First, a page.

Ganging Up Against Netanyahu
In President Obama’s recent White House interview with Jeffrey Goldberg (reported in Bloomberg View, March 2), what the president had to say about Israel grabbed headlines and, justifiably, stirred no small measure of outrage from critics for its timing, factual inaccuracies and tone.
On the eve of his arrival in the United States and his meeting with the President, Prime Minister Netanyahu was warned that time is running out for the Jewish State as “a Jewish-majority democracy” if it fails to make peace now. Obama cited three reasons for the urgency: “changes in demographics,” meaning an expanding Palestinian population between the Jordan River and Mediterranean; the growth of Jewish settlements; and the commitment by an aging President Abbas to non-violence and diplomacy, which might not outlive him.
Indisputably, President Abbas is growing older. But on demography and settlement expansion, President Obama was flagrantly mistaken. He told Goldberg: “There are going to be more Palestinians, not fewer Palestinians, as time goes on. There are going to be more Arab-Israelis, not fewer Arab-Israelis, as time goes on.” For Israel to survive “as a democracy and a Jewish state,” President Obama insisted, it must reach “a peace deal with the Palestinians and a two-state solution.”
But the demographic threat, designed to force Israel into submission lest its democratic identity be undermined, is non-existent. Ominous warnings of a rising Palestinian population tide are erroneous. Jews currently comprise three-quarters of the Israeli population and two-thirds of the entire population west of the Jordan River. The Israeli Jewish fertility rate is rising; the Palestinian birth rate has declined significantly since the turn of the century. The existing Jewish majority is in no danger of submersion under a nonexistent Palestinian tidal wave.
As for Jewish settlements, the President’s apprehension over their presumably alarming growth is similarly misplaced. Obama told Goldberg: “we have seen more aggressive settlement construction over the last couple of years than we’ve seen in a very long time.” True enough in percentage terms; last year settlement housing more than doubled. But, as Evelyn Gordon noted on her Commentary blog (March 4), it doubled “from such a low base” as to maintain Netanyahu’s ranking in new settlement housing starts at the bottom of Israeli prime ministers since Yitzhak Rabin. “Never has settlement construction been as low,” Gordon notes, as under Netanyahu.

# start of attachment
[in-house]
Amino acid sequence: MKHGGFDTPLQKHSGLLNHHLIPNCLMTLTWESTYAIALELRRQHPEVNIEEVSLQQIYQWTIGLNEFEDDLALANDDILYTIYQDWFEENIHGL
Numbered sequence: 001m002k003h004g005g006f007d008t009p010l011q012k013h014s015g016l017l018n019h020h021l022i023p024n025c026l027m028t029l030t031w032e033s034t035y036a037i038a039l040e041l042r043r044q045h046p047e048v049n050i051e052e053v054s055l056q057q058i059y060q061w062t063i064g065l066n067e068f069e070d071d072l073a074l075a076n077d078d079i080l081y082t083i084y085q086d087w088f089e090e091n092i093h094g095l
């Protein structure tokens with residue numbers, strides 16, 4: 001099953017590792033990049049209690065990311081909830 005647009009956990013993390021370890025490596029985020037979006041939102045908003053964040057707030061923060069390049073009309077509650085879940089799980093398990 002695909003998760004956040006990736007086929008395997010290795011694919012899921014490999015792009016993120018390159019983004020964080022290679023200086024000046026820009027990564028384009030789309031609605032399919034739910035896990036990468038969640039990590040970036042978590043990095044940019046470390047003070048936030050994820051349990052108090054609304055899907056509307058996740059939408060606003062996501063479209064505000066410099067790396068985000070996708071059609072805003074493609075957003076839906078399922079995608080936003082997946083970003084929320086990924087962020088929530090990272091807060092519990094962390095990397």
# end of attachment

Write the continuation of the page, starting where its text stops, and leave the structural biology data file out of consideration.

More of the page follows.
Obama’s implicit assumption that Jewish settlement construction is not only excessive but illegal is also misplaced. As Alan Baker, Israeli international law expert and former ambassador to Canada, wrote the day after the Goldberg interview: “Israel and the Jewish people have very well-based and long-standing inalienable, indigenous, historic, legal and international rights in the area including Judea and Samaria.” Among Baker’s salient points: the West Bank territories are disputed, not occupied, since there was no legitimate sovereign prior to 1967; neither the 1949 Armistice line nor the 1967 “borders” have standing under international law; Israel has complied with international norms, building only on land that is not privately owned.
Obama’s display of Chicago manners, perhaps best left to his former chief of staff Rahm Emanuel, was almost immediately obliterated by the Russian invasion of Crimea, which has dominated headlines ever since. But The New York Times Editorial Board could not permit the American president’s “remarkably blunt” dissing of Netanyahu to pass without a supportive lead editorial (March 6). Repeating Obama’s erroneous projections and groundless warnings about “more Palestinians, not fewer Palestinians, as time goes on,” and Israel’s “aggressive settlement construction,” the editorial proclaimed: “These are the hard facts that need to be broadcast widely.” But they are not facts; they are misstatements of fact that neither The Times nor the President wish to acknowledge.
President Obama, paraphrasing Rabbi Hillel’s memorable questions, asked Netanyahu: “If not now, when? And if not you, Mr. Prime Minister, then who?” But he conspicuously omitted the rabbi’s first question: “If I am not for myself, then who will be for me?”
Jerold S. Auerbach is the author of Jewish State Pariah Nation: Israel and the Dilemmas of Legitimacy, forthcoming in April.